Archives

Climbing Joshua~

Look and spot the climber.

Here he is close up.

Spot this climber,

resting on the top.

Here she is, getting ready to come down.

This guy at the top is waiting for his climbing friends (do you see them),

to come up.

He climbs barefoot.

Here are all three without zoom. There is a fourth person at the bottom that you many be able to spot.

(Click to enlarge)

Cheers to you from the Joshua Tree National Park climbers~

Joshua~

fit the battle of Jericho,

and the walls,

came tumbling down.

These tumbled boulders,

are in Joshua Tree National Park in Southern California.

Despite Southern California’s endless severe drought,

the Joshua Tree’s are still surviving, although under threat.

The desert desperately needs water.

Only the rocks are unperturbed.

Cheers to you from elegantly jumbled Joshua Tree National Park~

Sweet Bud~

Why doth thou,

stink so much?

This is the flower bud of a corpse plant, named for the rancid corpse like smell the flower emits when it blooms. The smell attracts carrion beetles who pollinate the flower. The flower itself is the tallest in the world and can grow up to twelve feet in the wild. You can get a sense of how huge the bud is by comparing it to the exit door in the first photo, and the child in the second. It grows only on the island of Sumatra and is extremely endangered with about 1000 of the plants left in the wild. The flower bud grows six inches a day, and when it blooms, the flower only lasts for 48 hours. There are two of these flowers at The San Diego Botanic Garden. Watch the first one bloom in a time lapse video below filmed by Botanic Garden staff, appropriately enough, on Halloween:

This plant reminds me of the Saturday Sci Fi movies I used to watch as a kid! The plant takes about ten years to bloom, and will only bloom every four-ten years thereafter. It’s corm can weigh 339 pounds! As the flower begins to bloom, the temperature of parts of the flower rise by up to 10 degrees Celsius in a process called thermogenesis. The second bud at the San Diego Botanic Garden is due to bloom around Thanksgiving. The garden stays open until midnight during the bloom and 5000 people queued to see the first flower! People drive from out of state to see it.

Notice the detail of the bud petals. It looks a bit like a giant Bok choy!

This is the base of the first flower that bloomed. The female flowers are the red ones on the bottom, and the males are the brown ones above. It is the male flowers that rise in temperature during the bloom.

Cheers to you from the soon to bloom, very tall, and very stinky corpse flower~

Whitewater Preserve~

Is a 2,851 acre protected nature and wildlife preserve,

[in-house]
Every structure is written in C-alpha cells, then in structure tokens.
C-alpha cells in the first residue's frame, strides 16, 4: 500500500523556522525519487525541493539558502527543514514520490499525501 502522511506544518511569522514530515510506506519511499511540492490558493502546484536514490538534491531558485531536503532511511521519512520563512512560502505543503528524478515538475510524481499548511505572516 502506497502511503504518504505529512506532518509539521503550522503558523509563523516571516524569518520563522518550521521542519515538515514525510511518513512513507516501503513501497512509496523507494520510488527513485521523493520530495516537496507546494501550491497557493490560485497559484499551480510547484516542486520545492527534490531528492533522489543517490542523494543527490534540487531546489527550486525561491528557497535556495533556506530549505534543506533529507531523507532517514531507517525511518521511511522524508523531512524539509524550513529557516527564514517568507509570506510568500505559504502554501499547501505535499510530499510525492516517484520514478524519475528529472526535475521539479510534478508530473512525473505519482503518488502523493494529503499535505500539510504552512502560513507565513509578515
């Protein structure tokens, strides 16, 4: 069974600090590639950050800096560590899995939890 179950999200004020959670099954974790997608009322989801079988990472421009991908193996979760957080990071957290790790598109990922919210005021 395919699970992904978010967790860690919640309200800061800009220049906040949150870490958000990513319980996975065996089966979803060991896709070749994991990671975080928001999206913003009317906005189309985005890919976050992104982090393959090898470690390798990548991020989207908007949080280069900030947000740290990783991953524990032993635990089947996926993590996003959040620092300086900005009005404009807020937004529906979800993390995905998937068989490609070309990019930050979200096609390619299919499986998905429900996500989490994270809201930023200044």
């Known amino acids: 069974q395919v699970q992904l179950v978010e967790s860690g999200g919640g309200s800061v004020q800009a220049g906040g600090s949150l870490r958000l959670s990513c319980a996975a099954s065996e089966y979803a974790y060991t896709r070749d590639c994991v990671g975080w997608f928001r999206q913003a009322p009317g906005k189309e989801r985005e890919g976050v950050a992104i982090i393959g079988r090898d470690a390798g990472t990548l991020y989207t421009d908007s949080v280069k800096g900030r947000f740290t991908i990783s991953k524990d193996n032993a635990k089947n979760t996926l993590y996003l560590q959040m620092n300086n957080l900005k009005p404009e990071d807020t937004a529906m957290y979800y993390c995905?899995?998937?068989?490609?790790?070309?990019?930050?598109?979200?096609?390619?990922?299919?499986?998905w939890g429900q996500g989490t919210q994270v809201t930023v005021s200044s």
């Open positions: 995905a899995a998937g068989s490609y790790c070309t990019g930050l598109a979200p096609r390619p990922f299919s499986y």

located in the southern California desert and extending up into the adjacent San Bernardino and San Jacinto Mountains.

These photos were taken in late October.

Southern California is still in the worst drought in memory,

but the year round Whitewater River is still actively flowing in the desert, aided by earthquake faults trapping water run off from Southern California’s tallest mountain, the 11,500 foot Mt. Gorgonio.

This geological anomaly creates a natural oasis,

that sustains a host of wildlife including bear, bighorn sheep, and mountain lion,

as well as plants, palms and flowers, all in the midst of the baking hot desert.

Cheers to you from Whitewater Preserve~

For more information on the preserve see: https://wildlandsconservancy.org/preserves/whitewater

Escape~

To the desert, (click to enlarge)

following the clouds,

hoping to watch the rain,

bathe the sand.

The clouds came,

but not the rain.

La Quinta Resort built in 1926,

has seen many rainless days and nights.

Cheers to you from the cloudy desert~

Holler Folk~

We have only the best sort of critters at The Holler, like this Western Scrub Jay,

and this always ready for his close up,

California thrasher.

Hummers are always humming at The Holler,

but for Bullocks orioles,

The Holler is just one of their many vacation homes.

The female,

and male grosbeaks, are also only seasonal visitors,

but baby house finches call Holler home.

Cheers to you from The Holler folk~

Southern California Flutterbyes~

Butterflies thrive in our warm climate.

Swallowtails,

Cloudless Sulfurs,

and Gulf Fritillaries are locals.

Swallowtails mating.

Queen.

But the Monarchs are the show stoppers now.

They are a threatened species, so seeing them is a special treat.

Cheers to you from from the Southern California Flutterbyes~

A New Species~

These gorgeous creatures,

are Grey Buckeye Butterflies,

a newly identified sub-species, found in south western North America. The species was first identified in 2016.

Grey Buckeyes are genetically and morphologically distinct and from Eastern Buckeye Butterflies.

All I know is they are beautiful and I love having them here!

Cheers to you from the beautiful Grey Buckeyes~

For More Information on the identification of this newly identified species see:

https://phys.org/news/2018-11-butterfly-species.html

Black Beauty~

Great Tailed Grackles are fun birds to watch.

You find them easily by following their loud and distinctive vocalizations.

They chatter, sing, whistle and shriek. (I included a link at the end of this post if you are interested in listening to the diversity of their songs and calls.)

But mostly they sing like this happy guy. Grackles are always at least as interested in you as you are in them!

They are devoted people watchers.

Cheers to you from the cheerful grackles~

Here is a sampling of their vocalizations:

https://www.allaboutbirds.org/guide/Great-tailed_Grackle/sounds